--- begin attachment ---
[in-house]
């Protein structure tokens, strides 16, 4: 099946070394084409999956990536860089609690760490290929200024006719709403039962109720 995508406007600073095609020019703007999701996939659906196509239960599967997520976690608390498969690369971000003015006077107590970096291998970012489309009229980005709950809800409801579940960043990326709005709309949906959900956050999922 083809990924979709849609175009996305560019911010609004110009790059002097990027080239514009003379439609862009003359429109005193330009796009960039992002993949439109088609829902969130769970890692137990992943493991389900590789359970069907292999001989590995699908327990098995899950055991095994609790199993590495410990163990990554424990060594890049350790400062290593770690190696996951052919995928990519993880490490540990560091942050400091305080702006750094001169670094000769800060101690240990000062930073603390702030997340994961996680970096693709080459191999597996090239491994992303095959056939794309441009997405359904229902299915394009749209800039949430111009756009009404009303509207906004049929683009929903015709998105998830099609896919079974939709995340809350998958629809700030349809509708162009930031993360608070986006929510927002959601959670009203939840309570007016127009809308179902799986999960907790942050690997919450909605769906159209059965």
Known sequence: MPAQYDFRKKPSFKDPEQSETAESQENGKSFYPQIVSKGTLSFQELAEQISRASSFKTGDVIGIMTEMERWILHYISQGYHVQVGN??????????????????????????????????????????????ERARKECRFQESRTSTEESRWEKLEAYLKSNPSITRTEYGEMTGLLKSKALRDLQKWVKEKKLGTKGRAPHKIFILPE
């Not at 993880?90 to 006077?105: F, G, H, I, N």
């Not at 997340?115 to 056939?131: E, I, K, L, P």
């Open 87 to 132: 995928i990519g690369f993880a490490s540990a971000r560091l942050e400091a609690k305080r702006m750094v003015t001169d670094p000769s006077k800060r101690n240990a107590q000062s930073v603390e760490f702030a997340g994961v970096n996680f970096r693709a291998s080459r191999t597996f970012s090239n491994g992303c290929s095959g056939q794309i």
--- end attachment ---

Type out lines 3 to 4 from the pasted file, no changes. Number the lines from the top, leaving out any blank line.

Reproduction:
Known sequence: MPAQYDFRKKPSFKDPEQSETAESQENGKSFYPQIVSKGTLSFQELAEQISRASSFKTGDVIGIMTEMERWILHYISQGYHVQVGN??????????????????????????????????????????????ERARKECRFQESRTSTEESRWEKLEAYLKSNPSITRTEYGEMTGLLKSKALRDLQKWVKEKKLGTKGRAPHKIFILPE
């Not at 993880?90 to 006077?105: F, G, H, I, N």